Playing through an illness isn’t an option for Bears, NFL players in 2020

Bears Report

LAKE FOREST, ILLINOIS – SEPTEMBER 02: Eddie Jackson #39 of the Chicago Bears stretches during training camp at Halas Hall on September 02, 2020 in Lake Forest, Illinois. (Photo by Dylan Buell/Getty Images)

LAKE FOREST – Whenever a player pops up with an illness on the injury report, the thoughts immediately creep into fan’s heads.

Does the player have COVID-19 or is there a possibility of a positive test?

After missing the first two days of practice this week due to an illness, many wondered the same about arguably the team’s best player.

Akiem Hicks was out with illness both on Thursday and on Friday, prompting a quick question to head coach Matt Nagy about whether his absence was COVID related or not. Luckily, that’s not the case, and the Bears’ only player to be throw on the reserve list during the season, Badara Traore, was taken off it on Friday.

But it does bring up the question about how a player now deals with sickness during the 2020 season. Often in the past if a player wasn’t feeling well, they would push through the workout then recover once off the field.

That’s not going to happen during a pandemic, and Matt Nagy was clear about that on Friday.

“We’re all taught to ‘Be Tough’ right, and fight through it, but you can’t do that this year, you can’t,” said Nagy, who said he’s addressed that issue in team meetings. “If you have any type of symptom to make sure that you let (athletic trainer) Andre Tucker know and then we can got ahead and go through the steps of what need to be taken to see where you’re at; whether the COVID testing or just a normal common cold.”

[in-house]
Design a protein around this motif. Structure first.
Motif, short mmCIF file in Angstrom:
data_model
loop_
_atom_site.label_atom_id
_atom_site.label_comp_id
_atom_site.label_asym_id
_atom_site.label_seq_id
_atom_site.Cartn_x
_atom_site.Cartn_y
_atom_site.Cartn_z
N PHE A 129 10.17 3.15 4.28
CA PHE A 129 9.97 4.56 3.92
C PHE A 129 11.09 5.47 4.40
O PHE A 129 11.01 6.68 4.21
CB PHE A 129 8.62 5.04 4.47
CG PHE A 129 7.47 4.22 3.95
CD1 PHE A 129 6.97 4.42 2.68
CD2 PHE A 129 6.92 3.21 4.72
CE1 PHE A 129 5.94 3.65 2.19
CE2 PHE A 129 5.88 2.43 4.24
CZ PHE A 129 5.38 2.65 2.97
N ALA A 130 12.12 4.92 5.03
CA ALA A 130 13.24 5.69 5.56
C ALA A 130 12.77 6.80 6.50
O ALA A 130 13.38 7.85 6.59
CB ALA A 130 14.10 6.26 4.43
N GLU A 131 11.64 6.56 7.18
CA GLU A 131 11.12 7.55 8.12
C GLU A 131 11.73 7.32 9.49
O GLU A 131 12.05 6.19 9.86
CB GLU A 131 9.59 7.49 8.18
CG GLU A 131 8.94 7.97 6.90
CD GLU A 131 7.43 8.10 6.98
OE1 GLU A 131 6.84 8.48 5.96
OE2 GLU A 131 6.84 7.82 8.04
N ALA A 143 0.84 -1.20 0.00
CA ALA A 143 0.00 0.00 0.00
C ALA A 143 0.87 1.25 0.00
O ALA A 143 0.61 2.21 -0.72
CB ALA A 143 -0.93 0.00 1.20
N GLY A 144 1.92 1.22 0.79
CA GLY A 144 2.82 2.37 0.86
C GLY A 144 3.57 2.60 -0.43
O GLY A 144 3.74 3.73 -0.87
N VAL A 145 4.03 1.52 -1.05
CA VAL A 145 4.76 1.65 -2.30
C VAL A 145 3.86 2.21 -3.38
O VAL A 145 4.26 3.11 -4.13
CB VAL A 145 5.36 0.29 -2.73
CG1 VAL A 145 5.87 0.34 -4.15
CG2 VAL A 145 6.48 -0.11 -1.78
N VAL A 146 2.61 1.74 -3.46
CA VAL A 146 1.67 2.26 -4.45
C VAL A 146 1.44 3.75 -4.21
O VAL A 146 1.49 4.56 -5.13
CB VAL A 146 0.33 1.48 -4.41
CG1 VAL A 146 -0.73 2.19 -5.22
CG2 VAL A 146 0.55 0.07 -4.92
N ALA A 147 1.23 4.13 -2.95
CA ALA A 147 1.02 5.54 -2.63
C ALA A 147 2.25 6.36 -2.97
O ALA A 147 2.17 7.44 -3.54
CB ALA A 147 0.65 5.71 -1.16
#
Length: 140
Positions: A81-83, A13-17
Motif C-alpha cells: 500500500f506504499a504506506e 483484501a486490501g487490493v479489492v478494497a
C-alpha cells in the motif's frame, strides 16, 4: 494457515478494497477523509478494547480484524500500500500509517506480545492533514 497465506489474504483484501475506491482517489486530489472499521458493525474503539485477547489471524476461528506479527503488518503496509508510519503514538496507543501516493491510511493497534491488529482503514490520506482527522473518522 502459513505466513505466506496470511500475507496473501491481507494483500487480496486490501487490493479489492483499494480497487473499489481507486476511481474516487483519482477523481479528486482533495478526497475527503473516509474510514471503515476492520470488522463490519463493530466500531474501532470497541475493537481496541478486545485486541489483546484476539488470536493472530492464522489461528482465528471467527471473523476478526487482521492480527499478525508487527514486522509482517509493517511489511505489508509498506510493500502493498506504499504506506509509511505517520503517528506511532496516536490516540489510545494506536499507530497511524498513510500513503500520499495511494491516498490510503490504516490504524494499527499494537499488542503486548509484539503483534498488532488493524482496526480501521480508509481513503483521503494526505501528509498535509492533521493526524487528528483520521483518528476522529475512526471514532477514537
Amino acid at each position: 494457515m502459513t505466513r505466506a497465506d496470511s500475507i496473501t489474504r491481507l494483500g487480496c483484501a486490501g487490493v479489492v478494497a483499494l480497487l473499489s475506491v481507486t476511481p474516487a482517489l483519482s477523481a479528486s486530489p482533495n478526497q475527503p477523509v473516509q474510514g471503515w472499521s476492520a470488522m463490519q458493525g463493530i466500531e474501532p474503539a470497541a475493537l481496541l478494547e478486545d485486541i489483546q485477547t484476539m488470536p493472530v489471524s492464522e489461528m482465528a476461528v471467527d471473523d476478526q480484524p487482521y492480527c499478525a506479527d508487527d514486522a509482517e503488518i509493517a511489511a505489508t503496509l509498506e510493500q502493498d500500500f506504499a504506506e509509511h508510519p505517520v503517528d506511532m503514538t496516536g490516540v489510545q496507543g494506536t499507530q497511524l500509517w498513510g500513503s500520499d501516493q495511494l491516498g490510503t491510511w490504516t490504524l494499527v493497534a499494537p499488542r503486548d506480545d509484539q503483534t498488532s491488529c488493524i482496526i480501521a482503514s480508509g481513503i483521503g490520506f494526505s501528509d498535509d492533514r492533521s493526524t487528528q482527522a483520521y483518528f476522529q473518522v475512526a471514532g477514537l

Hicks’ status remains unknown for Monday’s game against the Rams, though he still has a few days to feel better thanks to the extra day. Illness outside of COVID will come up again for the Bears over the final nine weeks of the season, and Nagy expects his players to not “tough it out” when something comes up.

“If you try to be tough and fight through it and you have a sore throat and you don’t say anything and it just so happens that you have COVID and you don’t say anything and you bring it into the building, now all the sudden, we’re all at high risk,” said Nagy. “So we have to be selfless, and we explained that.”

So far, the team is getting the message.


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